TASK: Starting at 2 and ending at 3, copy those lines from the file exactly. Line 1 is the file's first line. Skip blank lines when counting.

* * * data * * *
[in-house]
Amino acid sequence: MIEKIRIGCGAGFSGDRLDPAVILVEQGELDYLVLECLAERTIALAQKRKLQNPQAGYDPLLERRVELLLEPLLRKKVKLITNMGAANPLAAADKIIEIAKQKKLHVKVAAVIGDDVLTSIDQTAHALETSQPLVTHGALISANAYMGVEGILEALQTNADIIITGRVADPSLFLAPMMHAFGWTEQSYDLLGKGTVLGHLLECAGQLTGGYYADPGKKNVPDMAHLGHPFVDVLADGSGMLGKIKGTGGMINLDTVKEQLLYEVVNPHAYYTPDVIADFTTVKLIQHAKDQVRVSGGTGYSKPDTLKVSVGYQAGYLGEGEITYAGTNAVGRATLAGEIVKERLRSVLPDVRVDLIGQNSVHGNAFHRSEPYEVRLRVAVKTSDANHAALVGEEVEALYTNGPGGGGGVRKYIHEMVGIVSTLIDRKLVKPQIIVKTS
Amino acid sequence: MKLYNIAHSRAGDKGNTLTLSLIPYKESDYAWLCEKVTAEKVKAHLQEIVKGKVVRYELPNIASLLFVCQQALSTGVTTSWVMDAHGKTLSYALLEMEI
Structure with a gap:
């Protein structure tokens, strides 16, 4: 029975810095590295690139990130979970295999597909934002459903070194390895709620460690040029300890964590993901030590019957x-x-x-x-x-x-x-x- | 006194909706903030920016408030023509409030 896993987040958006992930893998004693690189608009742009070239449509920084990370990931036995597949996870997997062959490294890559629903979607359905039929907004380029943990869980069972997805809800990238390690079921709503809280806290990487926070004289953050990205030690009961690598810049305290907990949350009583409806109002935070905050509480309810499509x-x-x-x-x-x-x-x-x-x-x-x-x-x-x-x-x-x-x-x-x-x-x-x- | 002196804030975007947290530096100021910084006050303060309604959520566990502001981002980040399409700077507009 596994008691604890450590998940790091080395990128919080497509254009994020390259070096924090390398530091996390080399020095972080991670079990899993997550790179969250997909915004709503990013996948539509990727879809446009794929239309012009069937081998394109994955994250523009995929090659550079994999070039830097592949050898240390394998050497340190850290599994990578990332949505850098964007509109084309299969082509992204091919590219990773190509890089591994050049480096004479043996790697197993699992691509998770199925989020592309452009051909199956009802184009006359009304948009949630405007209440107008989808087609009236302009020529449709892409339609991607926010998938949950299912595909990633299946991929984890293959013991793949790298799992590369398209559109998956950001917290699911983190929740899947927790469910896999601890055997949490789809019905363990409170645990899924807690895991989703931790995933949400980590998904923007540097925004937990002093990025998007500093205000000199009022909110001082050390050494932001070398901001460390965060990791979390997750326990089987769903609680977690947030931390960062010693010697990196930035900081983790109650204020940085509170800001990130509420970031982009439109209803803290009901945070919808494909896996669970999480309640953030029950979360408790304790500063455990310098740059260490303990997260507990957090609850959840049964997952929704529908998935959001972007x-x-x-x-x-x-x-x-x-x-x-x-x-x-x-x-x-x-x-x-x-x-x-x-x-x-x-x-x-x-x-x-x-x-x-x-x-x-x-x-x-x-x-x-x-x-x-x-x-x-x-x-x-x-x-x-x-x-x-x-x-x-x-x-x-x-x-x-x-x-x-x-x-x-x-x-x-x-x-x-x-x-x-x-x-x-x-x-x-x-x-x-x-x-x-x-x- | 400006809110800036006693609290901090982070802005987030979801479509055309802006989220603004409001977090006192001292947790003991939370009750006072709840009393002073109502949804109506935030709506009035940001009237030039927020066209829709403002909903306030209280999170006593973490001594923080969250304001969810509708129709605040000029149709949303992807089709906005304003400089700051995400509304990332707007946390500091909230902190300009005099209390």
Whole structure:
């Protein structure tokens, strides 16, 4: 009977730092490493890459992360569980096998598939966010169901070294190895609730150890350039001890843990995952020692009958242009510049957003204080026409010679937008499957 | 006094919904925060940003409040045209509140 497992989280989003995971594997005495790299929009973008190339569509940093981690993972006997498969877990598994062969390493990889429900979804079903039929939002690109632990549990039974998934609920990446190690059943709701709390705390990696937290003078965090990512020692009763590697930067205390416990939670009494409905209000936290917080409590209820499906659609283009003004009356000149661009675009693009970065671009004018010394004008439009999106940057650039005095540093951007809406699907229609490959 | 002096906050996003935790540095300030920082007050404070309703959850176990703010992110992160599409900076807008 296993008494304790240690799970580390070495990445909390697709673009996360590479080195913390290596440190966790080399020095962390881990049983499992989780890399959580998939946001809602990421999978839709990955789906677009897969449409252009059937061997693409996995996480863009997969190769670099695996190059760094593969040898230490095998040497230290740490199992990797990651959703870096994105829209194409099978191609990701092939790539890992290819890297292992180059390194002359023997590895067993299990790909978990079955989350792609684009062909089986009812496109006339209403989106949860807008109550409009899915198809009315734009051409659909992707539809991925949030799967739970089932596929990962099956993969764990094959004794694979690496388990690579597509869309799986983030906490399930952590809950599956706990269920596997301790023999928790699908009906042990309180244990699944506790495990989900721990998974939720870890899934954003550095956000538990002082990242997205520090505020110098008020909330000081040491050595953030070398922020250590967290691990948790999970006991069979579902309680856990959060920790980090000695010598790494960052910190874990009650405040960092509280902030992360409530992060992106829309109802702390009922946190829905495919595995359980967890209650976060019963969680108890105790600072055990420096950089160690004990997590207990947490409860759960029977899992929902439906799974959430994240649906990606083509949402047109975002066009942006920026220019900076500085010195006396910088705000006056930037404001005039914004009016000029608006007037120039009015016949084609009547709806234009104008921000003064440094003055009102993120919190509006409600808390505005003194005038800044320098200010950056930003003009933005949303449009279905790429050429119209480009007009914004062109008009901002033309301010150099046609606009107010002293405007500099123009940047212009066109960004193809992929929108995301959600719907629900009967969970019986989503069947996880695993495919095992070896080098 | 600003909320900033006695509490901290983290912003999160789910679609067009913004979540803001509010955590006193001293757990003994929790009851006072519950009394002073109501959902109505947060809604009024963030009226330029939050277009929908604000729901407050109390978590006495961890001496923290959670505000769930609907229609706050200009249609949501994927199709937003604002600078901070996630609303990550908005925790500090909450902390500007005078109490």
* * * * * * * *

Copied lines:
Amino acid sequence: MIEKIRIGCGAGFSGDRLDPAVILVEQGELDYLVLECLAERTIALAQKRKLQNPQAGYDPLLERRVELLLEPLLRKKVKLITNMGAANPLAAADKIIEIAKQKKLHVKVAAVIGDDVLTSIDQTAHALETSQPLVTHGALISANAYMGVEGILEALQTNADIIITGRVADPSLFLAPMMHAFGWTEQSYDLLGKGTVLGHLLECAGQLTGGYYADPGKKNVPDMAHLGHPFVDVLADGSGMLGKIKGTGGMINLDTVKEQLLYEVVNPHAYYTPDVIADFTTVKLIQHAKDQVRVSGGTGYSKPDTLKVSVGYQAGYLGEGEITYAGTNAVGRATLAGEIVKERLRSVLPDVRVDLIGQNSVHGNAFHRSEPYEVRLRVAVKTSDANHAALVGEEVEALYTNGPGGGGGVRKYIHEMVGIVSTLIDRKLVKPQIIVKTS
Amino acid sequence: MKLYNIAHSRAGDKGNTLTLSLIPYKESDYAWLCEKVTAEKVKAHLQEIVKGKVVRYELPNIASLLFVCQQALSTGVTTSWVMDAHGKTLSYALLEMEI